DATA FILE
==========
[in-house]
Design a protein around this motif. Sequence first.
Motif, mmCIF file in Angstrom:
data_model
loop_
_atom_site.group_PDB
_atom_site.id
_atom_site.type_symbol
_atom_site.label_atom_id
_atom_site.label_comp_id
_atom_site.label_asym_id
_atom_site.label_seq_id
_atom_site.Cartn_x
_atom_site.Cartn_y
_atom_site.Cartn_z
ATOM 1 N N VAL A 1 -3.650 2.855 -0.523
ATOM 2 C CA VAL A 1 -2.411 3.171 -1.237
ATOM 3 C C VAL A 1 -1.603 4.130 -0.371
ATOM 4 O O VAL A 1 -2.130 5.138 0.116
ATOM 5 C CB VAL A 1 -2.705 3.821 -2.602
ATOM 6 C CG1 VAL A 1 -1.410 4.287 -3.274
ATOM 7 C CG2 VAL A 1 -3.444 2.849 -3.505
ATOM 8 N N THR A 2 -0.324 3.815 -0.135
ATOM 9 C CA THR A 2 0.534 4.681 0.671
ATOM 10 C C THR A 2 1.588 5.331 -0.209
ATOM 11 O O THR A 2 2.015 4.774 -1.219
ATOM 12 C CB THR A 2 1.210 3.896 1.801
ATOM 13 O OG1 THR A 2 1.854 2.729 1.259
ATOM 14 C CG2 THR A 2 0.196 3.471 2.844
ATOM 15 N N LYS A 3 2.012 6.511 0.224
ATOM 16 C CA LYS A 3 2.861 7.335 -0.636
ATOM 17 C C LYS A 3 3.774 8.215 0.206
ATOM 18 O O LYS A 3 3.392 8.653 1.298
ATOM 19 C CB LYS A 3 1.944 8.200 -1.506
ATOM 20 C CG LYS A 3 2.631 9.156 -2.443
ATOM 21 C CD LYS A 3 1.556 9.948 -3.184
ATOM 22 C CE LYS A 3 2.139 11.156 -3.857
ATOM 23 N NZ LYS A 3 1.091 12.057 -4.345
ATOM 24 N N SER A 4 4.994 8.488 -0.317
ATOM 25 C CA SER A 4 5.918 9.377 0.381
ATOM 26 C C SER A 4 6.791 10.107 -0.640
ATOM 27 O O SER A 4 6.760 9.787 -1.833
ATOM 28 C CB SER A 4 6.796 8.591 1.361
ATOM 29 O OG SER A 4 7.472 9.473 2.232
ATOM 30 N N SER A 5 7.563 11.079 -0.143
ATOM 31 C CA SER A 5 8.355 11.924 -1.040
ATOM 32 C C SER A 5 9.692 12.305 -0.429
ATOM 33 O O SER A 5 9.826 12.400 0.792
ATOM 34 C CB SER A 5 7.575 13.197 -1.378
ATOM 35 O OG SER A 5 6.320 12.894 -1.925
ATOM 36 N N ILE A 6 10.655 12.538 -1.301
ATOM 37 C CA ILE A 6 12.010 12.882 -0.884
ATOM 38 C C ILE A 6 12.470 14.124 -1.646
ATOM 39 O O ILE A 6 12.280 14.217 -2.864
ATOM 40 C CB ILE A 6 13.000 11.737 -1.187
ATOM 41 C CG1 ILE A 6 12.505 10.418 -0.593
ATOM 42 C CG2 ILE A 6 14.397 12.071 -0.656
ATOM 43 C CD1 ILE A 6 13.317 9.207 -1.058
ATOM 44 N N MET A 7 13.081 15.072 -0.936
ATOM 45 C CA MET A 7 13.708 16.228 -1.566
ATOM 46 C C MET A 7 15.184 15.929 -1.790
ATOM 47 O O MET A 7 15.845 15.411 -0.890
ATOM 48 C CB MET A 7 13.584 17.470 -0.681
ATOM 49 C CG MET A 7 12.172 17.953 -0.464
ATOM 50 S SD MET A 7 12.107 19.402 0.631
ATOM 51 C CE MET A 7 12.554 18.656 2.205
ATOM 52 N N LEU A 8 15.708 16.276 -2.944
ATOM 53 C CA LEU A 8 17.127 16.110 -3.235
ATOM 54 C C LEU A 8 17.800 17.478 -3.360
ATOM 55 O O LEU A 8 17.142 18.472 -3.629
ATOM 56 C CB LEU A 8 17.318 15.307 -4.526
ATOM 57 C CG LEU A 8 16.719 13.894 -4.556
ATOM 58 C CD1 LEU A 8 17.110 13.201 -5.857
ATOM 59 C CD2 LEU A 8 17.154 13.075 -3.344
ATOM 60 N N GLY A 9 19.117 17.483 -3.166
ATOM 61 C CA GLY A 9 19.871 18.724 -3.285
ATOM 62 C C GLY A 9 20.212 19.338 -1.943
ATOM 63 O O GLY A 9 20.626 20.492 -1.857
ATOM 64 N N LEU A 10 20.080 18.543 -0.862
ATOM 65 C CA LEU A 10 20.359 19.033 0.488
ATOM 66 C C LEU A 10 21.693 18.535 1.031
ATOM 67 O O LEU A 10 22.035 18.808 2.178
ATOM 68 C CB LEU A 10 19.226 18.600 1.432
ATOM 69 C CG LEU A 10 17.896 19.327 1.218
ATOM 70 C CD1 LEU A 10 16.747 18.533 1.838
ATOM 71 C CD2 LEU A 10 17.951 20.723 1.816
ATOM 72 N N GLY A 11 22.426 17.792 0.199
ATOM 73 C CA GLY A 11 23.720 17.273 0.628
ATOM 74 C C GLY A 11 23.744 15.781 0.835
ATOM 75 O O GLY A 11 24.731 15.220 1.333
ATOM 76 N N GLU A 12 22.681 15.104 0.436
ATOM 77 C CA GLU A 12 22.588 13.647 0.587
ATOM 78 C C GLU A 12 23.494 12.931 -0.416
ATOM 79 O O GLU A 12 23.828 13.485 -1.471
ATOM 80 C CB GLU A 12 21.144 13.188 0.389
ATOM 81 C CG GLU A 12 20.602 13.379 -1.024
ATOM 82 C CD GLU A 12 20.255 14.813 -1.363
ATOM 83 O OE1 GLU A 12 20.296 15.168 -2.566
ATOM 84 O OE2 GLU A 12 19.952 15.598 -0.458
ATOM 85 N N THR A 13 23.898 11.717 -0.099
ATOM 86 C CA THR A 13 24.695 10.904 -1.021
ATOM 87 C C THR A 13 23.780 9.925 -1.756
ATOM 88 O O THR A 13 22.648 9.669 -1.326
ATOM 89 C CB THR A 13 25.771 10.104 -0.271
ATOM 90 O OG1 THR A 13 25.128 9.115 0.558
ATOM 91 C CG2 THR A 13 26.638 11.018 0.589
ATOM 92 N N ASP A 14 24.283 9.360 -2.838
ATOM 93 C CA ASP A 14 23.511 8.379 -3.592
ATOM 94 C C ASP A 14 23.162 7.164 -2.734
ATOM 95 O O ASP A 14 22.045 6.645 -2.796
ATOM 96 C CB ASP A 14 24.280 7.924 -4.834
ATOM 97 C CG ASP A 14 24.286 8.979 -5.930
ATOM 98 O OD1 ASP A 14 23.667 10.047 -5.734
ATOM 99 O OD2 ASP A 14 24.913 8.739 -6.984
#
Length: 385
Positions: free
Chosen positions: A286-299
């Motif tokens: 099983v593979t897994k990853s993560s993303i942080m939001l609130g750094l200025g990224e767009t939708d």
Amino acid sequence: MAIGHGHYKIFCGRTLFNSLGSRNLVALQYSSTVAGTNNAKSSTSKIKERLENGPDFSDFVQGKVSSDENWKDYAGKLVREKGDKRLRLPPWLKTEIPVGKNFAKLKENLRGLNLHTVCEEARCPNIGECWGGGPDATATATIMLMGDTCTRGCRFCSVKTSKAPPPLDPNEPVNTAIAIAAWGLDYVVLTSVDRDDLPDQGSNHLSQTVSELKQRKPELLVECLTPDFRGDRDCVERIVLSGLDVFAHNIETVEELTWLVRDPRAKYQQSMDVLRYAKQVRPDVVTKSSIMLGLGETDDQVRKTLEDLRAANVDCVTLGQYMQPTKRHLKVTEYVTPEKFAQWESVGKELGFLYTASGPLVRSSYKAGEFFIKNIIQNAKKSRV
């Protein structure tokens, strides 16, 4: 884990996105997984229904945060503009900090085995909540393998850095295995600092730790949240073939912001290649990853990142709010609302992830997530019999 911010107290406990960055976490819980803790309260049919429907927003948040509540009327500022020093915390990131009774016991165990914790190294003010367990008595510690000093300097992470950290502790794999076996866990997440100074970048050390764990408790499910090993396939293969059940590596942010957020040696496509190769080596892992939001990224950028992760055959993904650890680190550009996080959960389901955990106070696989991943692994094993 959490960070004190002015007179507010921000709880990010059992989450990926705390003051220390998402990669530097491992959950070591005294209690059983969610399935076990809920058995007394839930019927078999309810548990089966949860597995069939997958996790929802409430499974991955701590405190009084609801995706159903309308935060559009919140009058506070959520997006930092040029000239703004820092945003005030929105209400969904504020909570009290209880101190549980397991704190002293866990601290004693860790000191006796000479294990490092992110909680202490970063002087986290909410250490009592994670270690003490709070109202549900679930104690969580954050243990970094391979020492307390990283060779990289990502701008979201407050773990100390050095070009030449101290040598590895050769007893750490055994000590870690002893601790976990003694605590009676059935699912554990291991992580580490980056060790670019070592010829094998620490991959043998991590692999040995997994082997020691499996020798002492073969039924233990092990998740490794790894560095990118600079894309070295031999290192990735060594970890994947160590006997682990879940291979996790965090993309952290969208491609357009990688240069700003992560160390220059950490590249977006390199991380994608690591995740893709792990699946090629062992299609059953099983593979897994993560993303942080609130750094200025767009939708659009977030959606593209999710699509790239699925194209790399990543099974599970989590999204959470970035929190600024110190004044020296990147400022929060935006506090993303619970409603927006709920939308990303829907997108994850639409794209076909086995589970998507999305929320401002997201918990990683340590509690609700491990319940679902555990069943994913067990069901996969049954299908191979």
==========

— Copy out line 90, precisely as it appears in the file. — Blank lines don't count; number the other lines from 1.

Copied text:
ATOM 75 O O GLY A 11 24.731 15.220 1.333